Re: Update: Calif. Girl Wanting to Join BSA
Bob Evans (evans@THEBORG.WES.ARMY.MIL)
Thu, 5 Jun 1997 10:32:00 -0500
> One Boy Scout was a girl, about 16 to 17 years old from the looks of it. I
> was very impressed to see how she took care of things and felt it benefited
> our young boys to see that girls are competent and capable and can build
> fires and tie knots and do all of the same things they are learning to do. We
> also had a Scout with long dread locks (male) who played the bugle. The girl
> and the dread lock guy were to ones our boys remembered when they saw them
> again at their first camporee, over 6 months later.
> Rita Allen
> Pack 763
> Beaverton, OR--the RainLand!
Rita, it is all well and good that your cubs see people who are competent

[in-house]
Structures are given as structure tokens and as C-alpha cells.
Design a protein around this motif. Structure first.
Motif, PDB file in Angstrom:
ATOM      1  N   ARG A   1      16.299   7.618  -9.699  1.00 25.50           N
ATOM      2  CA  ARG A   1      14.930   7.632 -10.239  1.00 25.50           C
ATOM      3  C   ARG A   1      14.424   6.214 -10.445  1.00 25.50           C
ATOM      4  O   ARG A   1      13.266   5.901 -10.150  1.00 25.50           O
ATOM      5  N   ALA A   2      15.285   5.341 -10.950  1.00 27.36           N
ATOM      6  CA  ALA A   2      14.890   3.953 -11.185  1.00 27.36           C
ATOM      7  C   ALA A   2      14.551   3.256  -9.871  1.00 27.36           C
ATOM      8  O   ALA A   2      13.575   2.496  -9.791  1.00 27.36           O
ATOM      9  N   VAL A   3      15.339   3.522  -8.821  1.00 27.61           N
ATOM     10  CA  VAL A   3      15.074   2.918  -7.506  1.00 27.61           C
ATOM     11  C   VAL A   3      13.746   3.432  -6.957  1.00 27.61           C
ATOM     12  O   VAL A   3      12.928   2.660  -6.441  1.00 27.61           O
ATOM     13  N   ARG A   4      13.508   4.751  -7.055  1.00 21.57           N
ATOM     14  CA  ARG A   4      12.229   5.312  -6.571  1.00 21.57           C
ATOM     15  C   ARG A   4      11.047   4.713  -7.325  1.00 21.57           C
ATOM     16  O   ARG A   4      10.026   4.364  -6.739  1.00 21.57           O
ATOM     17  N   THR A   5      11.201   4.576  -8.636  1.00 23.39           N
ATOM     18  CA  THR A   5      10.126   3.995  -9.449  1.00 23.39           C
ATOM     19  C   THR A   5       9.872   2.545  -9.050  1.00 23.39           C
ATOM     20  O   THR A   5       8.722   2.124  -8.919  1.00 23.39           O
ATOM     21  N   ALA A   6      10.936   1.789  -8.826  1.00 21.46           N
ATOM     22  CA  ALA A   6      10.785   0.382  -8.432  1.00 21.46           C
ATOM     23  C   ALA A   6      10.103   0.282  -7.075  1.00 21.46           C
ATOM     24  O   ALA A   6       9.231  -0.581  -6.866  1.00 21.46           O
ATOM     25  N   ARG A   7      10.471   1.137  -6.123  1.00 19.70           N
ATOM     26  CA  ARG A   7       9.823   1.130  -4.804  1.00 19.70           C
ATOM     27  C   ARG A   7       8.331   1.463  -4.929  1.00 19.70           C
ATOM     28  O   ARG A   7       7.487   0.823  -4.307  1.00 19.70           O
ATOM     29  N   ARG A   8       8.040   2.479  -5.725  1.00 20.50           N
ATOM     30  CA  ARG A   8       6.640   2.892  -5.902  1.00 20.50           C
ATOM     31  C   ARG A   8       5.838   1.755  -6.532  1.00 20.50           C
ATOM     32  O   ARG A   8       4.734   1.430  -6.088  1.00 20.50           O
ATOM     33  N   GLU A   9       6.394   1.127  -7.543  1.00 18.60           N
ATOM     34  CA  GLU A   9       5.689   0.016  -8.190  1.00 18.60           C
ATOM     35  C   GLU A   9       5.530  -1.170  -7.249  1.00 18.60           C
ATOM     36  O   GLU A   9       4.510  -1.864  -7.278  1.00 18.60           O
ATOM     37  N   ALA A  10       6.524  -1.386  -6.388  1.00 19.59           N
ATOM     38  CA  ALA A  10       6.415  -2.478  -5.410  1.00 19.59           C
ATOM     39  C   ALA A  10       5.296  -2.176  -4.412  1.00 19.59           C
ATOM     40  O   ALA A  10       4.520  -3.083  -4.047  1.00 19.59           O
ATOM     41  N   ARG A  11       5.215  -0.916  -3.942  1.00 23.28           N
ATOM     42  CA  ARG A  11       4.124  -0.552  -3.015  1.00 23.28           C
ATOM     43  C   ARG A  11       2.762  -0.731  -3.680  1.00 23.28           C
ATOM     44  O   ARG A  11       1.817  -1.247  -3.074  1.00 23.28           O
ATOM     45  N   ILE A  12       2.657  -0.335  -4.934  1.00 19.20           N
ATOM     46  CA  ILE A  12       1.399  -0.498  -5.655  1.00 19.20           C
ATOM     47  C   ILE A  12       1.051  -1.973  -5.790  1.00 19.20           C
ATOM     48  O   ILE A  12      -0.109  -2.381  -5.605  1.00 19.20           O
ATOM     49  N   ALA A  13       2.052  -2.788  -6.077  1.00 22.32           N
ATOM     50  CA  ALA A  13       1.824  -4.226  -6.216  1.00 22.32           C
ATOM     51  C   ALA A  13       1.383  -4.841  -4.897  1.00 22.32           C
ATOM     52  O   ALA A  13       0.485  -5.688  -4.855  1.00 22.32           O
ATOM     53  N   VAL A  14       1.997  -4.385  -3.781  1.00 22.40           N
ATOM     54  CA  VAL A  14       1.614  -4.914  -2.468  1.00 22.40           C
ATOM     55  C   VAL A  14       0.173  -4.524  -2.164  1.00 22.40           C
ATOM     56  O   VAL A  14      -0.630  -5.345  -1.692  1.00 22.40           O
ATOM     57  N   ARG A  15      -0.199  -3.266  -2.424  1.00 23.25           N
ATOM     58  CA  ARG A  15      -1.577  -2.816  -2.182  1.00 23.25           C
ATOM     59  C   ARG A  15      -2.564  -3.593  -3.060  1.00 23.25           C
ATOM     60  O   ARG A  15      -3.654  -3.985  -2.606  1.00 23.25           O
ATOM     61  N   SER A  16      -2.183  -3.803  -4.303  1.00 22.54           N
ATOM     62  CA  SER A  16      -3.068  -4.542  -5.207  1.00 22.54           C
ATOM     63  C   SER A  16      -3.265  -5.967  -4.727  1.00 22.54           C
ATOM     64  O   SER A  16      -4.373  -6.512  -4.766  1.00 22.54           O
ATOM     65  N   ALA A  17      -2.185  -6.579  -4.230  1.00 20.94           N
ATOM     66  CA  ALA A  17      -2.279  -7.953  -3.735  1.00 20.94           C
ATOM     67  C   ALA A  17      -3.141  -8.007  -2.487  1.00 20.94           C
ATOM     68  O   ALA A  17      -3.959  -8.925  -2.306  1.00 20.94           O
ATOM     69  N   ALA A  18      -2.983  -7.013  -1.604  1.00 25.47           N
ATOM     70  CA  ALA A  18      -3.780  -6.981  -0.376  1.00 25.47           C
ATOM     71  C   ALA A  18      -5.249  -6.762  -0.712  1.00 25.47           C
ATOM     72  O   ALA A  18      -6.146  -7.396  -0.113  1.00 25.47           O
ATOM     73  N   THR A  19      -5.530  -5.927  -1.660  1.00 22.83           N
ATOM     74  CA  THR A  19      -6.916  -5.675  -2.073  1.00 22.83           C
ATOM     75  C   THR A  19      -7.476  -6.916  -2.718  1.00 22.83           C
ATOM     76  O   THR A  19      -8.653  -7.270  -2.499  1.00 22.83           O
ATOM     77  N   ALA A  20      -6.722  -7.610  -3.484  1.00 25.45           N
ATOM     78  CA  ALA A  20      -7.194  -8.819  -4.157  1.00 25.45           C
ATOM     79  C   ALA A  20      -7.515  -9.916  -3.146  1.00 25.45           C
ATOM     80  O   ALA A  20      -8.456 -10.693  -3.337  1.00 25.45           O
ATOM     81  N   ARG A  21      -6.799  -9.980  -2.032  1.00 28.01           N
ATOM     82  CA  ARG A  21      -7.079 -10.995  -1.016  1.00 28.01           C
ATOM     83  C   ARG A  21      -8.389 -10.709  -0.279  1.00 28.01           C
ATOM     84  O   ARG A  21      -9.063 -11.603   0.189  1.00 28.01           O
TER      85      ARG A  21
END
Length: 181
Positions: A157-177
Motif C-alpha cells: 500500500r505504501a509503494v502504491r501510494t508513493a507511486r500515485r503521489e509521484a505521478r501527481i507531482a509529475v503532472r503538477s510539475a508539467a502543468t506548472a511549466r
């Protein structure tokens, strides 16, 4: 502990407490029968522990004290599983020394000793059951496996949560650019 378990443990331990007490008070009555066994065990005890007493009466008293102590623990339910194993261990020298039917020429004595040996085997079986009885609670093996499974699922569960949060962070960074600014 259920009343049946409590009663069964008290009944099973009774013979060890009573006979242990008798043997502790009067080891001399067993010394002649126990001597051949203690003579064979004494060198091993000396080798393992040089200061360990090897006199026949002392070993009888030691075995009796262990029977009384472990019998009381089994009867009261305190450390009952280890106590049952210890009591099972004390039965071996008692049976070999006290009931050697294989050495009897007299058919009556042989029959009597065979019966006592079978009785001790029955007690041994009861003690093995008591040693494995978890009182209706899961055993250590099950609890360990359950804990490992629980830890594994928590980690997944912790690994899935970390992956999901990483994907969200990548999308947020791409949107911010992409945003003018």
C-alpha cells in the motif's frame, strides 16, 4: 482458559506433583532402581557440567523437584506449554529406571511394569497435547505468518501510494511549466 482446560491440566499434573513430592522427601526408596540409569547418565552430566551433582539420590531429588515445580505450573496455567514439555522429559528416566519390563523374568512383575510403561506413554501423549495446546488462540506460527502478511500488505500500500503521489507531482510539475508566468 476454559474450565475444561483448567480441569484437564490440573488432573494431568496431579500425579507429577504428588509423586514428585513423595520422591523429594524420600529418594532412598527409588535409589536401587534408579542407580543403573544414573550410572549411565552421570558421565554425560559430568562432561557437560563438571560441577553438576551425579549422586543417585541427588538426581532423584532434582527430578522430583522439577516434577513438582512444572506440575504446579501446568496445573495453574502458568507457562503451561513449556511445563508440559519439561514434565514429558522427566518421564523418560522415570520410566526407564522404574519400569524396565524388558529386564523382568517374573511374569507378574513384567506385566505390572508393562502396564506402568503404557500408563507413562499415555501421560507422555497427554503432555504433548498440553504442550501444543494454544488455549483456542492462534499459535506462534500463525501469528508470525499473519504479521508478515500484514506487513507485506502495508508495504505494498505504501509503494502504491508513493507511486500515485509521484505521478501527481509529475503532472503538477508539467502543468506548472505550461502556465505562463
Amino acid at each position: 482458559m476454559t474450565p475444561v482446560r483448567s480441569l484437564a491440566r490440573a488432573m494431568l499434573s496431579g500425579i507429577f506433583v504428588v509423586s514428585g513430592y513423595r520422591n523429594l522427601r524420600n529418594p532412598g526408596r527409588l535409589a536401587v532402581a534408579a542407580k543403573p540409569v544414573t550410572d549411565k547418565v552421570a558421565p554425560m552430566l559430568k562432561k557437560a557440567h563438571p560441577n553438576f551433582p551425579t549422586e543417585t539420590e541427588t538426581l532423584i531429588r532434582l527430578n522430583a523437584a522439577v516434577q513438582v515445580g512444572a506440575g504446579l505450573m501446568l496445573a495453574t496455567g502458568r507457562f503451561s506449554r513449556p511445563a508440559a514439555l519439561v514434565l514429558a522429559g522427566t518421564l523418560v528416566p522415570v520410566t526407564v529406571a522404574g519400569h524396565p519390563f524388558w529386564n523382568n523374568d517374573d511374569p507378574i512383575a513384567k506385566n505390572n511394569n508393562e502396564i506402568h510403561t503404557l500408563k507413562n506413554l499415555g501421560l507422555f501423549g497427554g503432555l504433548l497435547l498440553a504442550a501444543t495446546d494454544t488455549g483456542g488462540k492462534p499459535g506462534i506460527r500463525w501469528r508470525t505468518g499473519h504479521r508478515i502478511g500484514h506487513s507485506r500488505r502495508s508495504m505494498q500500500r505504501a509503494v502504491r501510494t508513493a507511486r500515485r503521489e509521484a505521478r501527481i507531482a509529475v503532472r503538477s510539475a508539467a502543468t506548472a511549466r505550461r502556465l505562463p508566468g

and good leaders. It doesn't matter whether or not they are girls, boys,
hairy, or bald.
However, I do have one question: was the girl a member of a Canadian Troop?
Or was she a member of an American BSA Troop? The answer is important. If
it is the former, then a female being a member is _following the rules_.
BUT, if it is the latter, then you are using a case of leaders allowing
someone to be a member of the Boy Scouts in _violation_ of the rules. It
doesn't matter if that person can do all the 'skills' of wood lore, etc.
That person and her leaders have violated the Scout Oath and the first
point of the Scout Law (Trustworthy). And those are much more important
than any of the other 'skills' to be learned in scouting. When the day
comes that your boys ask why the leaders are not following the BSA regulations,
what do you say? That its a dumb regulation? Then what do you tell them
when _they_ break a rule that _they_ think is a 'dumb' regulation?
I hope that the girl doesn't work herself into the position of going to an
Eagle BoR. If she does, then she will be very disappointed when she is turned
down. And the leaders who allowed her to participate as a member will be
the ones to blame.
Terry Howerton Sakima Group, Inc. SCOUTER Magazine Kansas City